The course of the 4th Riven War (1344-1359) is too tumultuous to relay here in full, but the results for Daul can be summarized as bad. The port of Brebaru was taken early on, but large Daulic armies again became bogged-down deeper into the Rivens, and Hughes’ carefully crafted alliances proved fleeting, or even mortally dangerous for his Kingdom. In 1347 the Dauls’ ally Molok attacked the Kantan colony of Therasho, the territorial integrity of which had long been guaranteed by Kantantanalace. Though neither monarch wished for a wider war between the two countries, honor demanded certain reactions. Kantan forces entered the Rivens to chastise Molok, but Daul refused to abandon their allies. Raid and reprisal across the Ourre fired the tensions still simmering in that area since Shanatar’s War, and the treaties of “Eternal Peace” that ushered in the Kingdom of Daul’s creation in 1089 were at last put by the wayside.
The Kanto-Daulic War raged from 1348-1352 NC, and eventually led to a loss of territory for both countries as a theocratic buffer state called The Shield Lands was carved out between them under the auspices of the Ostronanyan Church, costing Daul all of Valeir, much of Khorlyl, and all but a tiny swath of the high Ourre river that retains the name of the old Bishopric but hardly amounts to a barony. Daul fared a bit better in the Rivens, where in 1352 a sharp defeat was delivered by the heavy Daulic cavalry on Kantan light-horse pinned in a box canyon (Battle of the Turrian Highlands), but the victory only turned more Riven powers against Daul as they seemed to gain the upperhand. In 1355 NC Daul was forced to withdraw its depleted forces from the Rivens altogether, turning the administration of Brebaru (renamed Kanalborg) over to a foreign Order of Knights known as the Albatrossers. While Daul retained privileged trading rights in the city, the region was by then so devastated that any gain was negligible, and scarcely worth the massive damage inflicted on Daulic armies. King Hughes passed away in 1359, leaving a weakened and widely-resented Kingdom.
Daul’s condition was apparent to others. Though the tri-partite (Ruby Crown, Ayonite Church, Dragon Cult) government of Ayzantium makes any sort of “national” action problematic for that country, the region that was once the Dragon Lands of Red Ged-Azi still had the potential to prove formidable. That fact was displayed in the 1370’s, when a dispute between merchants in Daulic Roseille and those of the capital of Ayzant City, concerning a boatload of turnips, led to saber-rattling on both sides of the border. The dispute drew in the Ostronanyan church in Roseille and Ayonite shrines in Ayzantu, and the Prince of Chirabis (Daulic heir soon to be Hughes III) launched a naval raid which to everyone’s great surprise savaged the western Zantish fleet.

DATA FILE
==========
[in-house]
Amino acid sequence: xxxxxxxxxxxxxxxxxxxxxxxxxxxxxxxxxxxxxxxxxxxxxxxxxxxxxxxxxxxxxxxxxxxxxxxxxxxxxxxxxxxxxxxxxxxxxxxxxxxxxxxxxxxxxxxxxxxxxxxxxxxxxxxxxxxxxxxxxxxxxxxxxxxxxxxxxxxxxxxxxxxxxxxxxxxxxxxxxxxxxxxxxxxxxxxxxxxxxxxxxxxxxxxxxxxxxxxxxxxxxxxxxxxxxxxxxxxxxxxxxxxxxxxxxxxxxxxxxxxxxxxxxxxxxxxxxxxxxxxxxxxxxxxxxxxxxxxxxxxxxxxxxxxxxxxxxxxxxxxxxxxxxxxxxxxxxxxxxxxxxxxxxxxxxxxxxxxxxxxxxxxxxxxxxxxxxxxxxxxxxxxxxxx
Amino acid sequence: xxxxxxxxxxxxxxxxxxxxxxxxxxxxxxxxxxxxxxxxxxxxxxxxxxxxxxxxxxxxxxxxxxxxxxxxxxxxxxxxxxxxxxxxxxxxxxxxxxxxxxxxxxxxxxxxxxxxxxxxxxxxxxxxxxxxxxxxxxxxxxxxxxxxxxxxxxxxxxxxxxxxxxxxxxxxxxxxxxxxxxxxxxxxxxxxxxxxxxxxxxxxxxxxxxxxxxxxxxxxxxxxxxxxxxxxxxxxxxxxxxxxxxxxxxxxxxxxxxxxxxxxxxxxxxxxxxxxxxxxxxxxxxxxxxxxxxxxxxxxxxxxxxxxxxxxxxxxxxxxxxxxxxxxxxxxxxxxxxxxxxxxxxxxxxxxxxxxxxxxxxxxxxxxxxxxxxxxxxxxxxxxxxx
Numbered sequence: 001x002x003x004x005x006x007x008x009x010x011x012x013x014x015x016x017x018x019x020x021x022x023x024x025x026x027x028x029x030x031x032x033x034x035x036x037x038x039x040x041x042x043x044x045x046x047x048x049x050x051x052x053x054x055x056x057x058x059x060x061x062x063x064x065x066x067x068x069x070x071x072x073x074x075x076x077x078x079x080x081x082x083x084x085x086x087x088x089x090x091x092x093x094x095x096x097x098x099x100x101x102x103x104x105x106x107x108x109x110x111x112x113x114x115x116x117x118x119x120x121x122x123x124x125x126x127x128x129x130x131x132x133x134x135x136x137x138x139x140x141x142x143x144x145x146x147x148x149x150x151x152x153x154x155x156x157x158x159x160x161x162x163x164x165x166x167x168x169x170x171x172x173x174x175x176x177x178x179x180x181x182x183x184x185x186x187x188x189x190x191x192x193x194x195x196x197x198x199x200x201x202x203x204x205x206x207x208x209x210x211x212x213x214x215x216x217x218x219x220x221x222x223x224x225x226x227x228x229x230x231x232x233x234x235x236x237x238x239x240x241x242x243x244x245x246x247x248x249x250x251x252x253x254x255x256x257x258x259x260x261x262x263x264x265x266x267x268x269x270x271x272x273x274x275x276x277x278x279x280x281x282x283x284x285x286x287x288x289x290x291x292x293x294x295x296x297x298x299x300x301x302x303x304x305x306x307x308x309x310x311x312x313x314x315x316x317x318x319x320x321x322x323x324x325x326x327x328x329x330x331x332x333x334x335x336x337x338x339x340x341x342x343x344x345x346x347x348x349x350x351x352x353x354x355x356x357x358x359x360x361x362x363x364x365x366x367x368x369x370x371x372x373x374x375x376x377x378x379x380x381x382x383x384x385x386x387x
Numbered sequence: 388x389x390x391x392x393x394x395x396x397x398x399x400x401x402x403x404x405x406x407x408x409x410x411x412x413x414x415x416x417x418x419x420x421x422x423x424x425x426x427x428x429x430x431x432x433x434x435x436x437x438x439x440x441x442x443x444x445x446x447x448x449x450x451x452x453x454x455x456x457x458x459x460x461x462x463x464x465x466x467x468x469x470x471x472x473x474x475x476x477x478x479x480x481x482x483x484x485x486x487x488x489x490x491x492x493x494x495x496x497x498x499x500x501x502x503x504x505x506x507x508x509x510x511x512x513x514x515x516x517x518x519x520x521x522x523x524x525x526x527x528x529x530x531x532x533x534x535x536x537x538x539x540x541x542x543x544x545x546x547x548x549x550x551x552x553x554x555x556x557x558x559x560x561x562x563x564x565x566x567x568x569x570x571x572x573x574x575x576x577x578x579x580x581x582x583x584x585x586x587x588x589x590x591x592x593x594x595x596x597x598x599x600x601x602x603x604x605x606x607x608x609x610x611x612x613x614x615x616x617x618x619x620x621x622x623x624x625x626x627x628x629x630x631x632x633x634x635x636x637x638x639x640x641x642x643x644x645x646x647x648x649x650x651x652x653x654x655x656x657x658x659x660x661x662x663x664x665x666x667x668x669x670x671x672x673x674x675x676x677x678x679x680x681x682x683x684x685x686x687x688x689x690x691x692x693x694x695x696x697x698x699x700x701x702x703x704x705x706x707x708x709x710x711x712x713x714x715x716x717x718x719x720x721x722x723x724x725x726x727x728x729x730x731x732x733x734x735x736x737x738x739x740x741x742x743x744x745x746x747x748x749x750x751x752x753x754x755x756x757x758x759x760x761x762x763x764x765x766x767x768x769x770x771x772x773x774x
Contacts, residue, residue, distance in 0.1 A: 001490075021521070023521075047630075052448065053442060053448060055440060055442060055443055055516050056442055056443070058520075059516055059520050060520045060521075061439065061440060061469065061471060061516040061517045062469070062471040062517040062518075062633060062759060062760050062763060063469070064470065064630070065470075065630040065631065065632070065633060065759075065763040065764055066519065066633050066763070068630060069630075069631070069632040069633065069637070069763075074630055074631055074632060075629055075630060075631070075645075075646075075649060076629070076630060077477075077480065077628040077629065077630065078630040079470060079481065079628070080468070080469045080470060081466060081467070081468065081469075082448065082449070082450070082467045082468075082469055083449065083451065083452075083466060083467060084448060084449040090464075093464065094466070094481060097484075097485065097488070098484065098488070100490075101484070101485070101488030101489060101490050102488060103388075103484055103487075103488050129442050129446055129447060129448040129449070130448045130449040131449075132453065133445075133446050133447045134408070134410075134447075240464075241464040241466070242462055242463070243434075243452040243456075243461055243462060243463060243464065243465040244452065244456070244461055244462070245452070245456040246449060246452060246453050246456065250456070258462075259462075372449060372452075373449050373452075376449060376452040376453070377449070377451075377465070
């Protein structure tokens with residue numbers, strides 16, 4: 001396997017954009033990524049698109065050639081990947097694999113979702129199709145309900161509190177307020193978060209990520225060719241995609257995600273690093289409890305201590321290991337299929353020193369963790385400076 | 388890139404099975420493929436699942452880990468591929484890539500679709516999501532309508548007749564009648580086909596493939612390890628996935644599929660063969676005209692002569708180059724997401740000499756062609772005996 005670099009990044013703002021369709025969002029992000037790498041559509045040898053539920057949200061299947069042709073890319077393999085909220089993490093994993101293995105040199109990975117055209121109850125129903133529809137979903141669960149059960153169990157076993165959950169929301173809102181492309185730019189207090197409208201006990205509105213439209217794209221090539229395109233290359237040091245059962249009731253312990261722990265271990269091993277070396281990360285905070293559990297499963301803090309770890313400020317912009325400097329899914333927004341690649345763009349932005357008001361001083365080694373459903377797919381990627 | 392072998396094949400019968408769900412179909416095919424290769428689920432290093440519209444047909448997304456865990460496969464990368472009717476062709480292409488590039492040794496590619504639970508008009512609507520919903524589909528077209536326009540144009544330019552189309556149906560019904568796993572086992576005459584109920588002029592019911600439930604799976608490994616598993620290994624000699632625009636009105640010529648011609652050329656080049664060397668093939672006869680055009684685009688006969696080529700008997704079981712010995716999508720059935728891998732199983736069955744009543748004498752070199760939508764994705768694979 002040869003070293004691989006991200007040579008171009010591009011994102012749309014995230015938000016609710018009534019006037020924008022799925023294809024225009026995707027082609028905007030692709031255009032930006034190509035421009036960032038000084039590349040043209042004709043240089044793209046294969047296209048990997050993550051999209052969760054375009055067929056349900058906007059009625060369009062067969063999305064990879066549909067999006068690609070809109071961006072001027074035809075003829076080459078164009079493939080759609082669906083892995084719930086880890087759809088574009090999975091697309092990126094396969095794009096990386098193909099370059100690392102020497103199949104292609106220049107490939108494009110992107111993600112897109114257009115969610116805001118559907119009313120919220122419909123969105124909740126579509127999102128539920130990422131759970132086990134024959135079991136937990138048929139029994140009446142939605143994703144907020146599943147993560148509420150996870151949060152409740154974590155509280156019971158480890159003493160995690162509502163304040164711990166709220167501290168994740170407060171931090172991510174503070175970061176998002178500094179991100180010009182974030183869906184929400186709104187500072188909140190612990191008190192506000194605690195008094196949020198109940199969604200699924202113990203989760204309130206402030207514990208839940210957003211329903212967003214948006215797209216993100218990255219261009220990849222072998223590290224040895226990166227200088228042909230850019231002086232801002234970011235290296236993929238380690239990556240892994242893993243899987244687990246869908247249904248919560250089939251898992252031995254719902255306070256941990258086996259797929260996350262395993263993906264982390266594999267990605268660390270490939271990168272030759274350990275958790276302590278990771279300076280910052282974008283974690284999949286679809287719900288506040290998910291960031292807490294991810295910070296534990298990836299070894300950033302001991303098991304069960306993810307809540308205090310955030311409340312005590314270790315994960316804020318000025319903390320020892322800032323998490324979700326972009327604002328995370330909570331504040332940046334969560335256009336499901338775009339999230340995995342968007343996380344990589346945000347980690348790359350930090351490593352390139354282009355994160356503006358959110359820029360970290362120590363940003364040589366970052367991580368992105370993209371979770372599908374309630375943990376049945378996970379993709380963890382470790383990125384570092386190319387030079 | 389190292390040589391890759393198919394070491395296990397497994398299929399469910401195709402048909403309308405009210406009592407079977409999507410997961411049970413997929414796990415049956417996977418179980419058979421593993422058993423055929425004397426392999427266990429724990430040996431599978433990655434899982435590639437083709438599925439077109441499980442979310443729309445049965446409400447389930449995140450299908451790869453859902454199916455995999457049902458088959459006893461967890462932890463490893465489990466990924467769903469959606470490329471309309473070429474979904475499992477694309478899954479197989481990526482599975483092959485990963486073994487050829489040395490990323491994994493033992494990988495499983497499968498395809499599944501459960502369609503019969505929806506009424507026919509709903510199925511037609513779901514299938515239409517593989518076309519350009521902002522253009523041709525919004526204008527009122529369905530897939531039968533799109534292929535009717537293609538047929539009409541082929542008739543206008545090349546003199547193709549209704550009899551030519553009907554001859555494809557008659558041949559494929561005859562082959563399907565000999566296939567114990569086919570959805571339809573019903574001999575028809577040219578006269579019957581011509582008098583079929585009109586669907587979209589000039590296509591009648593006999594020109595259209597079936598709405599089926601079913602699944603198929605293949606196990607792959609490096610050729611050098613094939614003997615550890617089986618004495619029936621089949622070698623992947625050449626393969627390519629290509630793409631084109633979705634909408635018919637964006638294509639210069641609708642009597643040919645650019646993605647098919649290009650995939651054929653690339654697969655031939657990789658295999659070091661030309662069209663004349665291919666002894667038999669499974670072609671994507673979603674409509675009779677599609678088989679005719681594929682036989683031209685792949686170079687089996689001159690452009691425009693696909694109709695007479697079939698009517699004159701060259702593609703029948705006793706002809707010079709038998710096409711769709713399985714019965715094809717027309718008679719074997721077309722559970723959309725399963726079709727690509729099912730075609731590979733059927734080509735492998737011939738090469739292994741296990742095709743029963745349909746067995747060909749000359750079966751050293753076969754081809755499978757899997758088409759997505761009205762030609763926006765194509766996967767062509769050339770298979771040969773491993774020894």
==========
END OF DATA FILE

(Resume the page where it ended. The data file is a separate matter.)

Sensing weakness, Hughes II launched an overland attack through the soggy Ghendal bottomlands between the two cities and Kingdoms, and in so doing displayed more of the rashness of his ancestor Ovander than the careful planning of his father. While the Royal and Ayonite factions abandoned Ayzantu at the approach of the Dauls, the invaders were met in the bottoms by Zantish peasants under the red dragon-tail banners of the Ged-azi’s Cult. On the Ninthday of Ninthmonth, 1379, an inconsequential stream known locally as the Icheroon became a grim scene of slaughter as the cream of Daulic chivalry wallowed in the mires and were butchered by Zantish peasants wielding scythes and threshing flails. King Hughes II fell there, as did many of his highest nobles who had led their household forces personally.
Though Hughes III succeeded his father, for the last sixteen years much of Daul has been wracked by local struggles over Ducal and baronial titles, though fortunately the always contentious Ayzant government has been unable to take full advantage. The Royalist and Ayonite factions did manage to cooperate long enough to capture Roseille in 1385 NC, while the fear of renewed Kantan aggression kept the new king and his reconstituted army in the north. The old principality of Chirabis fell to Ayzantium by 1392 NC after long and bitter fighting on the rocky peninsula, during which the Daulic navy acted mainly as privateers out of Larbonne to harass Ayzant resupply of their forces. The Daul King’s forces were gathered in Chevagia to stand between Roseille and the heart of the kingdom on the Nan, from which place they were able to turn back several uncoordinated Ayzant thrusts.
In 1394 the Daulic navy gathered in Phohish waters, meaning to break up a concentration of Ayzant vessels in Roseille. Fearsome storms wracked the Daul fleet (for which the Priests of Ayon took credit), opening the way for an Ayzant advance out of the Chirabis along the coast, and still Hughes refused to leave Chevagia. Ayzant siege was set to Larbonne early in 1395, with the defenders reduced to holding only the citadel by the autumn. So stands the situation as of this writing, with the old Ettacean Duchies of Nanshea and Chengdea wondering if their King has left them to their fate.